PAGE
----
Man, this article just keeps getting the traffic. Is it all just one of you true believers checking back to see if I've issued a retraction and acknowledged my wicked ways, or is this thing turning up in web searches, or what? - Andrew 5/24/17
I've been reading more about this to see what the heck it's all about, and I have to say to a mathematician with pretensions of understanding a little about Art, it's comedy gold. This is a guy who either started, or was deeply embroiled, in the early 20th century fad of "explaining" Art with simple geometry. He's all over the Golden Mean, and he's got this glorious system of drawing lines all over the place. He also gets in to spirals, but I couldn't face reading any more by the time I got there.
Mr. Hambidge began his career attempting to explain the beauty of the greek vase, and wound up unlocking the Lost Secret of the Greeks. My father was a classicist, and I can assure you that the ancient greeks were literate and had, indeed, a complete system of writing. The fact that Hambidge cannot refer to a single line written by an actual Greek on this subject, and has to resort to a single line of rather vague allusion written by a Roman which he himself allows is pretty suspect renders the whole Rediscovered Secret business ridiculous. While it's possible that we have, somehow, lost every relevant text, while it's possible that the secrets of Dynamic Symmetry were held closely and never written down, Occam's Razor dictates clearly that this is not the hypothesis we ought to be working with.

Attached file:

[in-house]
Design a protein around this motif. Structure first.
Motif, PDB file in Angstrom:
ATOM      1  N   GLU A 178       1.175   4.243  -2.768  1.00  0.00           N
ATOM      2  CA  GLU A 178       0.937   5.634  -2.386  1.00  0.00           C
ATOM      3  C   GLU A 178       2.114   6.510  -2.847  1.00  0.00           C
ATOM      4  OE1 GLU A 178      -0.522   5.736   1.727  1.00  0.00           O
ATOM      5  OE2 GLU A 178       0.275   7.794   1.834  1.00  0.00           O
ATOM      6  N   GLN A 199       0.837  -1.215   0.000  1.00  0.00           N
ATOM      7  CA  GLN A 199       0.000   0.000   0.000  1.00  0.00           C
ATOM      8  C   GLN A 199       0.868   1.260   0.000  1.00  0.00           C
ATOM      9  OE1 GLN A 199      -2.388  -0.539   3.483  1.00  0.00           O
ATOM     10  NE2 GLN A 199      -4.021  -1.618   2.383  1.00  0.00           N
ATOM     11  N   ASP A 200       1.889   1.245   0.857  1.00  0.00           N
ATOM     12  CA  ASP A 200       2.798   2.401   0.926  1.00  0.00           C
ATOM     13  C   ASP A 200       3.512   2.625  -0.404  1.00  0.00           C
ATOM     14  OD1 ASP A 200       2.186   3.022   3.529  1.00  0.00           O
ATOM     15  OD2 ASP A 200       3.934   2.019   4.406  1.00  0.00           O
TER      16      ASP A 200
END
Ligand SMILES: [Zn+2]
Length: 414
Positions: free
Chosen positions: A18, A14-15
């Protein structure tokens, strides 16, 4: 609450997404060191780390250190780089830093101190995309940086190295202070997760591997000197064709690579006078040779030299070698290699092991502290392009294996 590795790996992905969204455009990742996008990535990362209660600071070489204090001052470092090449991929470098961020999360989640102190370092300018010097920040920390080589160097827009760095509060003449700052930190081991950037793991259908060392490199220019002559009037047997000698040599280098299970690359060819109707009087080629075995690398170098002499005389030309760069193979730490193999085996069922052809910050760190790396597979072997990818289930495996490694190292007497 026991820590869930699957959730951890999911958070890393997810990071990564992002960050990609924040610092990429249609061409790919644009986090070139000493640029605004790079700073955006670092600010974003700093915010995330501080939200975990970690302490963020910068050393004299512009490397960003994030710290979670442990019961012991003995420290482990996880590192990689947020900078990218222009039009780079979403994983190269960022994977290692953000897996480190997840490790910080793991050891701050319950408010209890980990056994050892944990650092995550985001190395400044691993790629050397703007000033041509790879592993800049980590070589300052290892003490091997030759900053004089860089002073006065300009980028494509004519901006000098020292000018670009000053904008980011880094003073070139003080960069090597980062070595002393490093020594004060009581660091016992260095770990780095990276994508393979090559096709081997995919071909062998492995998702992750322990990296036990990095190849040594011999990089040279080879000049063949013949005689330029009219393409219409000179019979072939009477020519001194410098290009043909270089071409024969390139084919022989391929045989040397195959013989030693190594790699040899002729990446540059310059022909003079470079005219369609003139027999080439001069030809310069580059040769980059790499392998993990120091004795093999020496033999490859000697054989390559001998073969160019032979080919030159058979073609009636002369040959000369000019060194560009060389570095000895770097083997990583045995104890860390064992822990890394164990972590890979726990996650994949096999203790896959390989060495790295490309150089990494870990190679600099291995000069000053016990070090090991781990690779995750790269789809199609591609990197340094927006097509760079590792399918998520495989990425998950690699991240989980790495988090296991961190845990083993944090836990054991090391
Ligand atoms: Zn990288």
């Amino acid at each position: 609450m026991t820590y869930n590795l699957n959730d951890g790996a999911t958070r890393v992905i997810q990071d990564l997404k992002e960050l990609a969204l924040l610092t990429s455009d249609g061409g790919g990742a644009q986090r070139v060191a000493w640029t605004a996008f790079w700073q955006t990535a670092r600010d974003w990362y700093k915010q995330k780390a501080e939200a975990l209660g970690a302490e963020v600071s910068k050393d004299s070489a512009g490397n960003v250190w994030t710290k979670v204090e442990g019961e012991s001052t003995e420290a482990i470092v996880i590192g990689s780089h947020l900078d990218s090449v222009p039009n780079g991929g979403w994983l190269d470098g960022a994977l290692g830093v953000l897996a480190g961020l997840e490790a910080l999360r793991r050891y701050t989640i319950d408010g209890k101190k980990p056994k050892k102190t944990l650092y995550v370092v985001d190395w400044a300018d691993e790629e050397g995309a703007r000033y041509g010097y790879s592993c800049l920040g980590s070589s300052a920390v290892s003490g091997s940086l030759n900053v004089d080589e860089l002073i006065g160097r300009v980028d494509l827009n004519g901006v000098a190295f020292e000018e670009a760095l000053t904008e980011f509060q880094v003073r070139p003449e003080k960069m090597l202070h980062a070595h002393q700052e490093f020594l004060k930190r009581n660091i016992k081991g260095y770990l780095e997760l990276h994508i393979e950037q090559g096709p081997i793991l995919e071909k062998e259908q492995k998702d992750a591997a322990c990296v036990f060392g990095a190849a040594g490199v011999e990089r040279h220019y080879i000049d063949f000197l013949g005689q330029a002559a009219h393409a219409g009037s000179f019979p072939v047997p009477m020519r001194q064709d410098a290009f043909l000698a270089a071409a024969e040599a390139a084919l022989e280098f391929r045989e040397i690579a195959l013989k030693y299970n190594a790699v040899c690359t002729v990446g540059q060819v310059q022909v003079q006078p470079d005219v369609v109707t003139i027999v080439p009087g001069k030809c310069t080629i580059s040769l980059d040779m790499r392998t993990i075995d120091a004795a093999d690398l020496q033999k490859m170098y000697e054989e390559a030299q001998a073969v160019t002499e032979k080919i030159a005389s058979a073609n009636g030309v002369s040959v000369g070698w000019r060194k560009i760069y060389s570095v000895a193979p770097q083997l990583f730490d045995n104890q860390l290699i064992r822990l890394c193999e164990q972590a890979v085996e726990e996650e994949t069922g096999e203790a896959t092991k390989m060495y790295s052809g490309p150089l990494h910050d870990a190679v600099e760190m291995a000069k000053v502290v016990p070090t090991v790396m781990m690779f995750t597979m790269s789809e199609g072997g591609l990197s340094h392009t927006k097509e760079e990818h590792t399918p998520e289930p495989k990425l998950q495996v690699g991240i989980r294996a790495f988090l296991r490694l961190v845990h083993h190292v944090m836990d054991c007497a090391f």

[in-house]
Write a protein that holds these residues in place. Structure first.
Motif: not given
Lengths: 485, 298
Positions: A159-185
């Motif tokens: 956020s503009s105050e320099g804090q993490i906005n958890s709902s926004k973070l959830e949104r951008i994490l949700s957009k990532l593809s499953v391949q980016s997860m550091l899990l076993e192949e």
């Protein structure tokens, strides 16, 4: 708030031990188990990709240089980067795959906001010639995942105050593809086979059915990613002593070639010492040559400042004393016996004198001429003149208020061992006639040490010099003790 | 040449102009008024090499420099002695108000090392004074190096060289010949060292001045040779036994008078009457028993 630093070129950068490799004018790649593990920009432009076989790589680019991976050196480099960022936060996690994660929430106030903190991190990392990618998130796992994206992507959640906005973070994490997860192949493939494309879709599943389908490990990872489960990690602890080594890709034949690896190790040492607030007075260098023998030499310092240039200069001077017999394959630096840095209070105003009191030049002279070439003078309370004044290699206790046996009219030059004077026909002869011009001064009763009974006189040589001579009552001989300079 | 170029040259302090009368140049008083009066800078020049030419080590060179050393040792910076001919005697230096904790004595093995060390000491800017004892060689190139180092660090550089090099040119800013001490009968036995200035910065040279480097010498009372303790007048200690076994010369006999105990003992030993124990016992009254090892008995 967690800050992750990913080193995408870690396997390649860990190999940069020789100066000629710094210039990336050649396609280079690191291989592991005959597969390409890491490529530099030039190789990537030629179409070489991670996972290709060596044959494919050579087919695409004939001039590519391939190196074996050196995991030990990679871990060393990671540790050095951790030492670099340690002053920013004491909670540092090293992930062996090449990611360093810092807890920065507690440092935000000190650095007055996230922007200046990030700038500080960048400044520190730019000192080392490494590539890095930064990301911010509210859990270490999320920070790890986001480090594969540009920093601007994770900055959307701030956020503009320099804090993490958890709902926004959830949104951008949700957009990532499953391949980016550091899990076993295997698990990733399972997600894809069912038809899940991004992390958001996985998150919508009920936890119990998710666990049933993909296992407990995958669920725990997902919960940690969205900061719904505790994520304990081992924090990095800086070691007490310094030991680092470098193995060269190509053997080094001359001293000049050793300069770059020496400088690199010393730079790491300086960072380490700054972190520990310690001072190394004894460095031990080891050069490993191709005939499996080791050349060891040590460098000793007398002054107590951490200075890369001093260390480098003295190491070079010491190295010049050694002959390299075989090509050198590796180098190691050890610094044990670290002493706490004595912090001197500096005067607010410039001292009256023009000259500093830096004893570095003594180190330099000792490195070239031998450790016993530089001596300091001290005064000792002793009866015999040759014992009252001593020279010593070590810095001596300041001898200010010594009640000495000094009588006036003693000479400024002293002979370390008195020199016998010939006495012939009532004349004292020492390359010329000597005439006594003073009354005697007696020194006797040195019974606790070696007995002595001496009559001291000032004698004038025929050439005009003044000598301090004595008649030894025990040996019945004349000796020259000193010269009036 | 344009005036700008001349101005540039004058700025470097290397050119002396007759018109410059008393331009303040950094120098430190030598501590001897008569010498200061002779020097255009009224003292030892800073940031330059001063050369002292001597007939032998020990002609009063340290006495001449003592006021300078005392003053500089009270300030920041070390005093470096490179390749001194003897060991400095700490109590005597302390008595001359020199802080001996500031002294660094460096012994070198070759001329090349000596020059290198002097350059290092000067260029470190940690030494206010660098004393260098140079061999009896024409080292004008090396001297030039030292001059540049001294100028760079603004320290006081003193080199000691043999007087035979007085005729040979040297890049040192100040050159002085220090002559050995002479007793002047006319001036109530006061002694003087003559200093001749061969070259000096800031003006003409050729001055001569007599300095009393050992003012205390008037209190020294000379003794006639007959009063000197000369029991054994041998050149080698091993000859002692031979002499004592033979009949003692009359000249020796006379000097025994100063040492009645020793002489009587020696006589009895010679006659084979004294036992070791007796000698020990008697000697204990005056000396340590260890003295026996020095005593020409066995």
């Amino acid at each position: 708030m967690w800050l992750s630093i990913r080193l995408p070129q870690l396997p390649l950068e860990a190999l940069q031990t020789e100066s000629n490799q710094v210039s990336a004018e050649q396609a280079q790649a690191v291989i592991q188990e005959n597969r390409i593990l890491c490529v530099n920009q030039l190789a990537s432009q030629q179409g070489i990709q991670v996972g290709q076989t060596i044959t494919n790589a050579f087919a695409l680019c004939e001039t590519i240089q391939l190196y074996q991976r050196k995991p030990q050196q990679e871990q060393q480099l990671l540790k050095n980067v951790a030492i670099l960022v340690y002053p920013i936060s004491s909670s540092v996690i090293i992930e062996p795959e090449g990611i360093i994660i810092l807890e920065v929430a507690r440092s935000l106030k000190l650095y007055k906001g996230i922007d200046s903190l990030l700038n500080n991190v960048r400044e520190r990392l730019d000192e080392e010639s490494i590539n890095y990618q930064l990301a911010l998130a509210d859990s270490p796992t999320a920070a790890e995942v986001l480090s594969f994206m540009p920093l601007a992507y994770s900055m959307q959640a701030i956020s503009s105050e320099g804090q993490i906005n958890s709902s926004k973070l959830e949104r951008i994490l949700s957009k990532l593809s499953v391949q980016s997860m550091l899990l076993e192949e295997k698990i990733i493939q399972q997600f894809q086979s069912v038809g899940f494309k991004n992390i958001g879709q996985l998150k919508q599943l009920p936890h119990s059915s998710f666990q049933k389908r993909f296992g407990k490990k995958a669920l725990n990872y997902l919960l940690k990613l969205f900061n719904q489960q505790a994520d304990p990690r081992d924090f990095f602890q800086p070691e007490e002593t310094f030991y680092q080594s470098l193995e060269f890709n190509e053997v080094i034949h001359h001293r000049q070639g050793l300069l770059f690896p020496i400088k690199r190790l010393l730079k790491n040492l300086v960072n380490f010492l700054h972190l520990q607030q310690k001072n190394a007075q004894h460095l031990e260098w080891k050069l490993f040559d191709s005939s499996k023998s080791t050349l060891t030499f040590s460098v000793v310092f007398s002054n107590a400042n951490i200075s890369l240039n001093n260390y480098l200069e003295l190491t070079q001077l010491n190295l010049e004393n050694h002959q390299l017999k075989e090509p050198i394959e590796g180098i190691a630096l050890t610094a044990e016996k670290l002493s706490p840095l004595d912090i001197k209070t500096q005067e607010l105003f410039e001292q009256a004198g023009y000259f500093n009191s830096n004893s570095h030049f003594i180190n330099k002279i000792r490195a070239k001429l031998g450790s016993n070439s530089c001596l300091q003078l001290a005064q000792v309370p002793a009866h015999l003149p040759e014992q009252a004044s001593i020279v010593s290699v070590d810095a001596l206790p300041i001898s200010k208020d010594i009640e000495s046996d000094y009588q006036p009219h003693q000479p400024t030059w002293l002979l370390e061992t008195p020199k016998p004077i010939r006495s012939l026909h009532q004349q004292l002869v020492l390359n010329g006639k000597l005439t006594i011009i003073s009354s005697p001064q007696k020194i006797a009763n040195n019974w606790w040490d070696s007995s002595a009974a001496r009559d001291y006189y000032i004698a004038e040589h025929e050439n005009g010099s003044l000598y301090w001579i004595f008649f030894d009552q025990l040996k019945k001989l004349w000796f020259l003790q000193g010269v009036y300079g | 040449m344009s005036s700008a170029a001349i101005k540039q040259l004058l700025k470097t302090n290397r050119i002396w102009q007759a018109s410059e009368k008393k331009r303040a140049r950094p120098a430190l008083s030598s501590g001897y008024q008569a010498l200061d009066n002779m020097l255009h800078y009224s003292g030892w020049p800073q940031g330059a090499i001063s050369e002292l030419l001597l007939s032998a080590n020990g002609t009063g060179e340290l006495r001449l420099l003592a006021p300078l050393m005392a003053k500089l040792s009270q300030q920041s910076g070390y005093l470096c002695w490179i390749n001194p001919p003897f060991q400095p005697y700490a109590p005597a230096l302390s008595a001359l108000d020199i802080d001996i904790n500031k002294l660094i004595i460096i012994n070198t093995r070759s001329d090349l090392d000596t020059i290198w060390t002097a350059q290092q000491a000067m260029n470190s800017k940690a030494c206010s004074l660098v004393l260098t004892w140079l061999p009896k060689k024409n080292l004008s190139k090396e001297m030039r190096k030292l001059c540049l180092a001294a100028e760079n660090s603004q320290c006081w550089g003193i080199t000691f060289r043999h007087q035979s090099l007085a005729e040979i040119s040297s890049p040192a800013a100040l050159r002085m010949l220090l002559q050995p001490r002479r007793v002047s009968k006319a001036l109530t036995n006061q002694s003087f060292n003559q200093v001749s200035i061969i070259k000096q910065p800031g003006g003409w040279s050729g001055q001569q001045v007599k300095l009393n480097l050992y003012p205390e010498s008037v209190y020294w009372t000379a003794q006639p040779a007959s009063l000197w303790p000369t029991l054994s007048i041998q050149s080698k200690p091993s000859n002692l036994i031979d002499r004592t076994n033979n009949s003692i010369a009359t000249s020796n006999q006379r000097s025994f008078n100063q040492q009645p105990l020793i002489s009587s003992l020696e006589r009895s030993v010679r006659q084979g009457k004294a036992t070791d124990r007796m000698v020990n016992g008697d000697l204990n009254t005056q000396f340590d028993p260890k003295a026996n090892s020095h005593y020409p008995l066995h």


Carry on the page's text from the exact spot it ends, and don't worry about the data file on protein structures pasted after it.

In actual historical work, Lost Secrets are generally either Not Lost, Not Secret, or Not Real. Sometimes all three. This one falls clearly into the Not Real category.
But let's look at Dynamic Symmetry itself. Mr. Hambidge is remarkably obscure on what it actually is, but it seems to come down to using proportions which include square roots. Rather than boring Static symmetry based on ratios like 1:2 or 2:3, we go for the more exciting of 1 to the square root of various things. Sadly, any irrational number can be approximated as closely as you like by a rational one (that is, a ratio of whole numbers), so the whole premise falls apart instantly. If you're willing to fudge a little, and Mr. Hambidge is, then the difference between his "root-two-rectangle" (sides in the ratio of 1:1.41421356...) and a 2:3 rectangle becomes negligible.
Mr. Hambidge has this lovely system involving a variety of rectangles, which he then adorns with various diagonals:
First draw the diagonals (orange) and then you drop perpendiculars to those diagonals to the opposite corners (green and blue). The rectangle with ratio of 1 to the square root of two has the pleasing property that the blue perpendiculars and the green perpendiculars land in exactly the same place on the long side (please forgive my shabby drawing, the circled area shows where the two lines ought to meet exactly on the side). It's a perfectly pleasing shape. Here's the same deal on the 2:3 rectangle that was standardized by the 35mm frame: